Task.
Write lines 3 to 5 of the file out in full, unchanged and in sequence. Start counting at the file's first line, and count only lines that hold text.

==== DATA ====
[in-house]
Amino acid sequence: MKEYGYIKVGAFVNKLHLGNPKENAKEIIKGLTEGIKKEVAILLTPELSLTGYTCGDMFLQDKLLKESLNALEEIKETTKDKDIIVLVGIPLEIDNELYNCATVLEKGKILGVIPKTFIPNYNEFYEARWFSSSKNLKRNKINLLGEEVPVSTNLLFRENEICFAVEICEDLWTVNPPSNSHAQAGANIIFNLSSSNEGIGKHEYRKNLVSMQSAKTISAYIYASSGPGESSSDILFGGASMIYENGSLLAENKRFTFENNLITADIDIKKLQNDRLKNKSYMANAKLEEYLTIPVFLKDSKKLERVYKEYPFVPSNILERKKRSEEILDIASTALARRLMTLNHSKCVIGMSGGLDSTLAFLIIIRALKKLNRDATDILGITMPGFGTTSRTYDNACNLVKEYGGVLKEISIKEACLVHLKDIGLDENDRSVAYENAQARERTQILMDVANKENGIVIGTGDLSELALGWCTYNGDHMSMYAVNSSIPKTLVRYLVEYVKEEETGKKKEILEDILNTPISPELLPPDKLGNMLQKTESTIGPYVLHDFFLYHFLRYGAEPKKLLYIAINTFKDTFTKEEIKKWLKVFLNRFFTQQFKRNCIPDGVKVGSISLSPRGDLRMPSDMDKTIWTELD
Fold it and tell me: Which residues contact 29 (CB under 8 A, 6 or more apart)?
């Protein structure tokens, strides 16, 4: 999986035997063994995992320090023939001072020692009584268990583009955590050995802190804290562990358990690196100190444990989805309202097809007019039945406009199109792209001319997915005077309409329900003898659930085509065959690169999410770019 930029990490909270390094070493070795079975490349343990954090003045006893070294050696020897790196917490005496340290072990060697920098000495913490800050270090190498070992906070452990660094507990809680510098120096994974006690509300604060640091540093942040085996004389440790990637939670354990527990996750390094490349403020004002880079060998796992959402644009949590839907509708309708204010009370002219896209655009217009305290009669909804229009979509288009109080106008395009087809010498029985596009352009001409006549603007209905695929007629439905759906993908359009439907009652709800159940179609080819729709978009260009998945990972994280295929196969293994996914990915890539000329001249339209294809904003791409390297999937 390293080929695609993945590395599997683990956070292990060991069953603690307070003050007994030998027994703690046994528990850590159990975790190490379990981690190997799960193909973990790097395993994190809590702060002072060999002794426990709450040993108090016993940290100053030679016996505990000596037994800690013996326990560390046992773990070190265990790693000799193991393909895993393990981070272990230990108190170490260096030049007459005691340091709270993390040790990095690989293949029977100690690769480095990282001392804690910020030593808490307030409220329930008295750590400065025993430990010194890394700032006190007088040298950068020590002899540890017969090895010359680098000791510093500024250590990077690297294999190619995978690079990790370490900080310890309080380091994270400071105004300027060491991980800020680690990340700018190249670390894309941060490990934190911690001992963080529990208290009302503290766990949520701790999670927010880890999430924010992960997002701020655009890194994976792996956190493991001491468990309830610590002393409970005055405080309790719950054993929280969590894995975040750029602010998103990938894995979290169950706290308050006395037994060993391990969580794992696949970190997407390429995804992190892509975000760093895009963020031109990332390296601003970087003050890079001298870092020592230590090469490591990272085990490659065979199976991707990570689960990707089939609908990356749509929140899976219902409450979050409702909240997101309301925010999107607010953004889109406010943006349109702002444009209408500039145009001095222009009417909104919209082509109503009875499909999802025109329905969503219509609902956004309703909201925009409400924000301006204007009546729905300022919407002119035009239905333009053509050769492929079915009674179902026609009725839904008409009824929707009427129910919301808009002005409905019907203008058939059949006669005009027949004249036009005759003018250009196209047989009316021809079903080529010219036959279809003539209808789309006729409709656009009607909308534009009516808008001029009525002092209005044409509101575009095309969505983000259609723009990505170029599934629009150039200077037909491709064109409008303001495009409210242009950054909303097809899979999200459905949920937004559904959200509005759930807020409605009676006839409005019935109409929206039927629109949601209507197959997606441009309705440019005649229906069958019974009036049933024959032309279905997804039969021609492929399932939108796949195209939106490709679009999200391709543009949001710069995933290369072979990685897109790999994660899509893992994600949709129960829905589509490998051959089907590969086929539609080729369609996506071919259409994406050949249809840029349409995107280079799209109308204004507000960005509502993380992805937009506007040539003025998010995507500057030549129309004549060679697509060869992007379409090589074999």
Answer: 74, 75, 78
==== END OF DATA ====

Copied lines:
Fold it and tell me: Which residues contact 29 (CB under 8 A, 6 or more apart)?
């Protein structure tokens, strides 16, 4: 999986035997063994995992320090023939001072020692009584268990583009955590050995802190804290562990358990690196100190444990989805309202097809007019039945406009199109792209001319997915005077309409329900003898659930085509065959690169999410770019 930029990490909270390094070493070795079975490349343990954090003045006893070294050696020897790196917490005496340290072990060697920098000495913490800050270090190498070992906070452990660094507990809680510098120096994974006690509300604060640091540093942040085996004389440790990637939670354990527990996750390094490349403020004002880079060998796992959402644009949590839907509708309708204010009370002219896209655009217009305290009669909804229009979509288009109080106008395009087809010498029985596009352009001409006549603007209905695929007629439905759906993908359009439907009652709800159940179609080819729709978009260009998945990972994280295929196969293994996914990915890539000329001249339209294809904003791409390297999937 390293080929695609993945590395599997683990956070292990060991069953603690307070003050007994030998027994703690046994528990850590159990975790190490379990981690190997799960193909973990790097395993994190809590702060002072060999002794426990709450040993108090016993940290100053030679016996505990000596037994800690013996326990560390046992773990070190265990790693000799193991393909895993393990981070272990230990108190170490260096030049007459005691340091709270993390040790990095690989293949029977100690690769480095990282001392804690910020030593808490307030409220329930008295750590400065025993430990010194890394700032006190007088040298950068020590002899540890017969090895010359680098000791510093500024250590990077690297294999190619995978690079990790370490900080310890309080380091994270400071105004300027060491991980800020680690990340700018190249670390894309941060490990934190911690001992963080529990208290009302503290766990949520701790999670927010880890999430924010992960997002701020655009890194994976792996956190493991001491468990309830610590002393409970005055405080309790719950054993929280969590894995975040750029602010998103990938894995979290169950706290308050006395037994060993391990969580794992696949970190997407390429995804992190892509975000760093895009963020031109990332390296601003970087003050890079001298870092020592230590090469490591990272085990490659065979199976991707990570689960990707089939609908990356749509929140899976219902409450979050409702909240997101309301925010999107607010953004889109406010943006349109702002444009209408500039145009001095222009009417909104919209082509109503009875499909999802025109329905969503219509609902956004309703909201925009409400924000301006204007009546729905300022919407002119035009239905333009053509050769492929079915009674179902026609009725839904008409009824929707009427129910919301808009002005409905019907203008058939059949006669005009027949004249036009005759003018250009196209047989009316021809079903080529010219036959279809003539209808789309006729409709656009009607909308534009009516808008001029009525002092209005044409509101575009095309969505983000259609723009990505170029599934629009150039200077037909491709064109409008303001495009409210242009950054909303097809899979999200459905949920937004559904959200509005759930807020409605009676006839409005019935109409929206039927629109949601209507197959997606441009309705440019005649229906069958019974009036049933024959032309279905997804039969021609492929399932939108796949195209939106490709679009999200391709543009949001710069995933290369072979990685897109790999994660899509893992994600949709129960829905589509490998051959089907590969086929539609080729369609996506071919259409994406050949249809840029349409995107280079799209109308204004507000960005509502993380992805937009506007040539003025998010995507500057030549129309004549060679697509060869992007379409090589074999």
Answer: 74, 75, 78